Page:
Extensive suite of apps will help decision makers predict and prepare for future events and conditions

New Jersey residents and planners have a new set of decision support tools to help prepare their communities for climate change, thanks to a suite of data visualization and mapping tools developed in New Jersey. Jersey Climate Change Resource Center at Rutgers University.

The tools are part of a suite of data visualization and interactive mapping applications known as NJADAPT.

“Hurricane Sandy’s impacts along the Jersey Shore have clearly demonstrated the importance of understanding coastal flood risk,” said Lucas Marxen, associate director of the Rutgers NJAES Office of Research Analytics and member of the NJADAPT team. “In the 10 years since Sandy, the NJADAPT team has worked to provide data and decision support tools to help communities prepare and become more resilient.”

Additions to NJADAPT include:

  • A climate dashboard of projected climate trends and statistics by season
  • Improved climate snapshots of people, places and assets at risk by municipality, county and state
  • NJ HazAdapt, developed with the New Jersey Office of Emergency Management, to assist with county and local hazard mitigation plans

Enhancements include an introduction to coastal flooding and an overview of a climate planning tool for analyzing vulnerability to coastal flooding.

“A primary function of the NJ Climate Change Resource Center is to provide usable scientific data to help New Jersey communities and decision makers plan for the cascading impacts of warmer temperatures, more intense precipitation and rising sea levels. the sea,” said Marjorie Kaplan, co-director. of the Center.

The new Climate Dashboard visualizes climate change trends and statistics for New Jersey. It compares current conditions with future projections and can be displayed as interactive maps or graphs. Projected changes are summarized in seasonal intervals for six climate measures under moderate and high emissions scenarios (continued growth in emissions by 2100).

New Jersey’s seasonal average daily maximum temperature (summer). The wide colored band shows the range of values ​​projected by the models. The narrower the band, the more strongly the models agree. The dotted line shows the average of these projections. The solid line shows actual values ​​that have already occurred. This visualization shows high emissions.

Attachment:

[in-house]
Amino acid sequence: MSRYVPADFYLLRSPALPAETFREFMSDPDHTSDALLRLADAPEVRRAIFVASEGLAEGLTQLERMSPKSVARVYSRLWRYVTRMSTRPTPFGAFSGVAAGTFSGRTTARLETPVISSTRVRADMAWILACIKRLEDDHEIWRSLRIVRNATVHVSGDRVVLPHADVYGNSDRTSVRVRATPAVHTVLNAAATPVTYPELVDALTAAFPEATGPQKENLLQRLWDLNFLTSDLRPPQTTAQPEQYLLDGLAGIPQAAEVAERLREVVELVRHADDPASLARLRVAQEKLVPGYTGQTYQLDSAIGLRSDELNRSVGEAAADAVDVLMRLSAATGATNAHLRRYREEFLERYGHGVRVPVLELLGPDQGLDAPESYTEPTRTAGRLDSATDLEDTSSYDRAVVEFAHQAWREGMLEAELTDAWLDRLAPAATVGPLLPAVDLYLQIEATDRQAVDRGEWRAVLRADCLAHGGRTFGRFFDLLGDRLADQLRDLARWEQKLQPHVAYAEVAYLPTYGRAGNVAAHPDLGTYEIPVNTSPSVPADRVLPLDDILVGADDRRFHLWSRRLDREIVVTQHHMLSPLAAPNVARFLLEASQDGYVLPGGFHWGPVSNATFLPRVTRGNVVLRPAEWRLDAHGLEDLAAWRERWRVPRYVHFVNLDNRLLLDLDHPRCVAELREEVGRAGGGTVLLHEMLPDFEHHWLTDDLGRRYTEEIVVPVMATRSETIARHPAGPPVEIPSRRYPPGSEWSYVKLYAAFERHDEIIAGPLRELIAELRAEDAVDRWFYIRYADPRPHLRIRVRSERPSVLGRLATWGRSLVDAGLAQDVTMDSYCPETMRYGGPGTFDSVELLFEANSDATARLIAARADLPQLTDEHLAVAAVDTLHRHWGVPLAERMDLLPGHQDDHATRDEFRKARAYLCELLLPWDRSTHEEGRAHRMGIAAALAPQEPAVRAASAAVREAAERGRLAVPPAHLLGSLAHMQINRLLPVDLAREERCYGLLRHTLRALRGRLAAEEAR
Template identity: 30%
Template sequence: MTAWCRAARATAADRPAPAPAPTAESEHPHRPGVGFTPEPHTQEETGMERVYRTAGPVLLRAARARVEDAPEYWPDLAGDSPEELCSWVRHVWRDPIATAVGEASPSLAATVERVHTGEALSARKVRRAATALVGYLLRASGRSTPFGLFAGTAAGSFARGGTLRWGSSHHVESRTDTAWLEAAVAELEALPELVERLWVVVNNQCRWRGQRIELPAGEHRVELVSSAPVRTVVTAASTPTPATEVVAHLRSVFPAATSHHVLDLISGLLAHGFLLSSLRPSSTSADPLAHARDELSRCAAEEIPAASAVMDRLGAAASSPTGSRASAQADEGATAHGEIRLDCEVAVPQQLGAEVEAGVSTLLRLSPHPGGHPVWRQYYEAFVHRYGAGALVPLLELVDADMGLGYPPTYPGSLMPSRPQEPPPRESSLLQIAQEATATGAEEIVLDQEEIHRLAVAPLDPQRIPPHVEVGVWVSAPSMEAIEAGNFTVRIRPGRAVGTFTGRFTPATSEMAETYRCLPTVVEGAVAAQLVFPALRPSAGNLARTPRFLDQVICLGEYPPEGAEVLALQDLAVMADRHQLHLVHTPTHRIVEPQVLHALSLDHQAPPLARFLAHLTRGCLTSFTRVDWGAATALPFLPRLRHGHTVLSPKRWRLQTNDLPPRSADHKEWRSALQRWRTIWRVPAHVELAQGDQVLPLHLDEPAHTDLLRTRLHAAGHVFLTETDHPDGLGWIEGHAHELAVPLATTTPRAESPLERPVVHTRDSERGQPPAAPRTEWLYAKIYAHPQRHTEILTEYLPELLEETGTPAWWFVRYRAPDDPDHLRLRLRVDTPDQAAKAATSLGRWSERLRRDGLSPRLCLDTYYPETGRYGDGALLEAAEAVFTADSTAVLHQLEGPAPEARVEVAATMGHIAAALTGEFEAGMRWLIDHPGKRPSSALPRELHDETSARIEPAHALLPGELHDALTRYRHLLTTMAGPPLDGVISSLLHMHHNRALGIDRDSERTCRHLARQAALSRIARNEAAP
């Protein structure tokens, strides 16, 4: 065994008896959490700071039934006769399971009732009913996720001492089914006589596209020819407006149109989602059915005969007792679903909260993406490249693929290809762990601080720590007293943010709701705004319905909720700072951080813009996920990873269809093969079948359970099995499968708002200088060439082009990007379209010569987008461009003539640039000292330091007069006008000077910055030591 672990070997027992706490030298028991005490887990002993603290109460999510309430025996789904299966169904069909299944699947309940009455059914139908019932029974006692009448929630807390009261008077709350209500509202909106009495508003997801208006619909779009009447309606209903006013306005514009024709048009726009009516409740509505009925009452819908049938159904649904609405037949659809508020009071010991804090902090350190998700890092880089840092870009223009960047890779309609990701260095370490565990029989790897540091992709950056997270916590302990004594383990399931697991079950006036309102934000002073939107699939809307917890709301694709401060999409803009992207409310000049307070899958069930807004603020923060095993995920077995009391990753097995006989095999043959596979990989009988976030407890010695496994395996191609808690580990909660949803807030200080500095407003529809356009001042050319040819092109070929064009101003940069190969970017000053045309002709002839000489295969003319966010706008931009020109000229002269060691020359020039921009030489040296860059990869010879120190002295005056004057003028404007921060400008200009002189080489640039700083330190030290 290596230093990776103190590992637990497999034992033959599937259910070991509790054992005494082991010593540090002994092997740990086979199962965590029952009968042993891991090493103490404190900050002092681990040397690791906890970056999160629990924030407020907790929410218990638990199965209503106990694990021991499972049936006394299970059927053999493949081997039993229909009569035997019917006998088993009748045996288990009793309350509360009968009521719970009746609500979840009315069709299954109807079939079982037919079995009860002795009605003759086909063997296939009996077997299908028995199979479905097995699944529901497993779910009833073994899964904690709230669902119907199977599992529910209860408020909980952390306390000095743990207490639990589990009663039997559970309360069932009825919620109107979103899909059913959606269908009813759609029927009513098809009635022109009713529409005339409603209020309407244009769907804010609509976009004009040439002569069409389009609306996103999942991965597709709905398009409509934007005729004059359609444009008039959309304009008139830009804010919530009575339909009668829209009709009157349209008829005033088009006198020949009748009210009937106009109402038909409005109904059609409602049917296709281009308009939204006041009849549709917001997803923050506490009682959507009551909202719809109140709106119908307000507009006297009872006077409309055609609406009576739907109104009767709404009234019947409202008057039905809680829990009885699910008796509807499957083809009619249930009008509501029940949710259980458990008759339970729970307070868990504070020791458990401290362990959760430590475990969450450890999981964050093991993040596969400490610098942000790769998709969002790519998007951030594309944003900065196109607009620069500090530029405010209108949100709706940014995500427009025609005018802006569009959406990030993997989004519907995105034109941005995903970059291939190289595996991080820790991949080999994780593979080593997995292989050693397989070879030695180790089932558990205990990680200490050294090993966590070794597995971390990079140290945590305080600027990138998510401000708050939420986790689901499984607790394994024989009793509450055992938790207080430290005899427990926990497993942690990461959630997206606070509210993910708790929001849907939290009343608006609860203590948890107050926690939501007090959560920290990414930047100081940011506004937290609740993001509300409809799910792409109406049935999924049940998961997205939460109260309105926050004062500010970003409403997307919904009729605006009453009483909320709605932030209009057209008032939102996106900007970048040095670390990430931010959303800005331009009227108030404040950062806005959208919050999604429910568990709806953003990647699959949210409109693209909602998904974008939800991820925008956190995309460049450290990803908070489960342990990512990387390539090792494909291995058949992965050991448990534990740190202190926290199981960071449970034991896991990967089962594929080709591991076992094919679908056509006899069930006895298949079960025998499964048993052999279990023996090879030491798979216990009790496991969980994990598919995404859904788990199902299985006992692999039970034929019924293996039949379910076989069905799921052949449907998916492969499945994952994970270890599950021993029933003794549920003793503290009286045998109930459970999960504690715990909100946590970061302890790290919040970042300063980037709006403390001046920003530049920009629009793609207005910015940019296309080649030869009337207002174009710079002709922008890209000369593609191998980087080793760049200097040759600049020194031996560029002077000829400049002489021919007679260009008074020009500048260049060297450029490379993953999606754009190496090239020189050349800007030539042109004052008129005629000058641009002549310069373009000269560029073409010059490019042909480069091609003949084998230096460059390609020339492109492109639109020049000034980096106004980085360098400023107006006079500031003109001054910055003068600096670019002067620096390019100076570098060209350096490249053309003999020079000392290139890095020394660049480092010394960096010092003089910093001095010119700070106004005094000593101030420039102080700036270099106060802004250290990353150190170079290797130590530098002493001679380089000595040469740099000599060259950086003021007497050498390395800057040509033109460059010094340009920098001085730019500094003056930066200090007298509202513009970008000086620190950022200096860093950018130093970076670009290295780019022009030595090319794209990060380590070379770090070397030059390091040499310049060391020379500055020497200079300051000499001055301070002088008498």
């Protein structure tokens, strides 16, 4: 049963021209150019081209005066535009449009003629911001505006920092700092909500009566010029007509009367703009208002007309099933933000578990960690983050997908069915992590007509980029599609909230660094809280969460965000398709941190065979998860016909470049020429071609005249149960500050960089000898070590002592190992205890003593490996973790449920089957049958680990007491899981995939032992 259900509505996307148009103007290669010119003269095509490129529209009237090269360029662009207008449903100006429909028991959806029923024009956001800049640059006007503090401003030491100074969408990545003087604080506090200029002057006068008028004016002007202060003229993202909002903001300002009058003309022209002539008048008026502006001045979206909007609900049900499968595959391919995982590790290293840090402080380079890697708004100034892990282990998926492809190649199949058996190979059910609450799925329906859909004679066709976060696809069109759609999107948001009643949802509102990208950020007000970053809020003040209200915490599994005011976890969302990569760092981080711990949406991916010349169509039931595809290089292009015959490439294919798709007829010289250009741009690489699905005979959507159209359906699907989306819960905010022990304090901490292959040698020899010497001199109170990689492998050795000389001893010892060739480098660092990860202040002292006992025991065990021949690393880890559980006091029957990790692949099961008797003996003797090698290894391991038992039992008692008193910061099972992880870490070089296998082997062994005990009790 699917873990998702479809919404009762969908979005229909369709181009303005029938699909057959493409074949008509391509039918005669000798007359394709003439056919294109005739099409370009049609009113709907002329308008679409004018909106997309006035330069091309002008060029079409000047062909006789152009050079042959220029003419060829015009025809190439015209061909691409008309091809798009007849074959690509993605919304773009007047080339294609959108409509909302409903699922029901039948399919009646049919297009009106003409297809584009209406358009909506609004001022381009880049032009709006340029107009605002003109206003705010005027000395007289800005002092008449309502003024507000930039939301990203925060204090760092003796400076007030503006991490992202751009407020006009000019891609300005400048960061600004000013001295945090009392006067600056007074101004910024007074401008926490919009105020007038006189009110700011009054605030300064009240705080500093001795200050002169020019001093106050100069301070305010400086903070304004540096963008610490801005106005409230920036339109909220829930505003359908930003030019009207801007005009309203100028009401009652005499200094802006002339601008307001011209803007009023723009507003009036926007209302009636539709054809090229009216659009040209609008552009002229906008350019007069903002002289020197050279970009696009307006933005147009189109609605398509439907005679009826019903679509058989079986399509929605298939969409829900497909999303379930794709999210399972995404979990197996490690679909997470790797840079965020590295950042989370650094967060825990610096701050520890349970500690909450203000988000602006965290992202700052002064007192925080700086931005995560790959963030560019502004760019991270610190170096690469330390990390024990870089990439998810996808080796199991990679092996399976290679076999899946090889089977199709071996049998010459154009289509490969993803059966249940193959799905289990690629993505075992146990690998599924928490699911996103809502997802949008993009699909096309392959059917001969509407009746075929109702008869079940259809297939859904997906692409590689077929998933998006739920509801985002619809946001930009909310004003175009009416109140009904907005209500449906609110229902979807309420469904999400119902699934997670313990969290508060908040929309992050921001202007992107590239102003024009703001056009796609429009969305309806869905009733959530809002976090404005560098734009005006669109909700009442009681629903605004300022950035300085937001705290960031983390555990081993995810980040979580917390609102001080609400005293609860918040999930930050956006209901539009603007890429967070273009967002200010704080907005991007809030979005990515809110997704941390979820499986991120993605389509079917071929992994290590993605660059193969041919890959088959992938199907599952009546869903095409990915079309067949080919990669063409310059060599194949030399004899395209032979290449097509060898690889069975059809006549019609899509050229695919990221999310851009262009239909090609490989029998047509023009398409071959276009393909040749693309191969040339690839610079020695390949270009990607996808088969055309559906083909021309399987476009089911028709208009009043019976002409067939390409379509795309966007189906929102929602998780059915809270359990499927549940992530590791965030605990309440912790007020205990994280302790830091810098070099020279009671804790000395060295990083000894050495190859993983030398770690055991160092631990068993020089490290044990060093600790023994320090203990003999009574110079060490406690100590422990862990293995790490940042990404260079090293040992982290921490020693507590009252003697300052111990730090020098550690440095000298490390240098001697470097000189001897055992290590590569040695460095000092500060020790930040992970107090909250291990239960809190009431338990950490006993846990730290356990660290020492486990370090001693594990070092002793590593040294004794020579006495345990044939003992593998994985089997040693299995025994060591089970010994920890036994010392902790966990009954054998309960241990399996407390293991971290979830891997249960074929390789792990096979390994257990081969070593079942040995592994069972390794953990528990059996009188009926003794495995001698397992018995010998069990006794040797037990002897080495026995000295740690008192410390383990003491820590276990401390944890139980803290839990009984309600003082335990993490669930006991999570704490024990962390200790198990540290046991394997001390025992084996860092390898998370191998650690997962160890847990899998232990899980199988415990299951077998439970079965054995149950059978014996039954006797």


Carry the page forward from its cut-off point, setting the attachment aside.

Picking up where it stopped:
The researchers said adapting to climate change requires understanding potential hazards and exposure. Climate Snapshots provide access to information about people, places and assets at risk from climate impacts in municipalities, counties and the state of New Jersey.

Climate snapshots include reports on built infrastructure, critical assets, natural and working lands, public health, vulnerable populations, and forestry.

HazAdapt, developed with the State Office of Emergency Management, provides municipal and county risk planners with access to data and resources to help them develop risk mitigation plans. State and local users can assess the impacts of flooding on Federal Emergency Management Agency critical vital areas, socially vulnerable populations, and individual plots. The tool includes heat hazard data to understand the impacts of heat waves and the urban heat island effect.

Other tools include NJFloodMapper and NJForestAdapt, both of which have been improved and updated with new data.

Focused on flood risk in New Jersey’s 239 coastal municipalities, NJFloodMapper helps quantify and visualize the impacts that rising seas, coastal flooding, and other hazards will have on coastal communities, critical facilities, socially vulnerable populations, natural systems and other assets.

NJForestAdapt informs forest stewardship and community forest management plans, efforts to protect watersheds, resilience planning, and adaptive management in New Jersey in the face of climate change.

“We’ve worked together on issues related to sea level rise preparedness in New Jersey since before Sandy, but this seminal event pushed the effort into overdrive,” Kaplan said. “The expansion of NJADAPT gives communities more tools to use to prepare for the climate-related impacts we are already experiencing and will continue to see in the future.”

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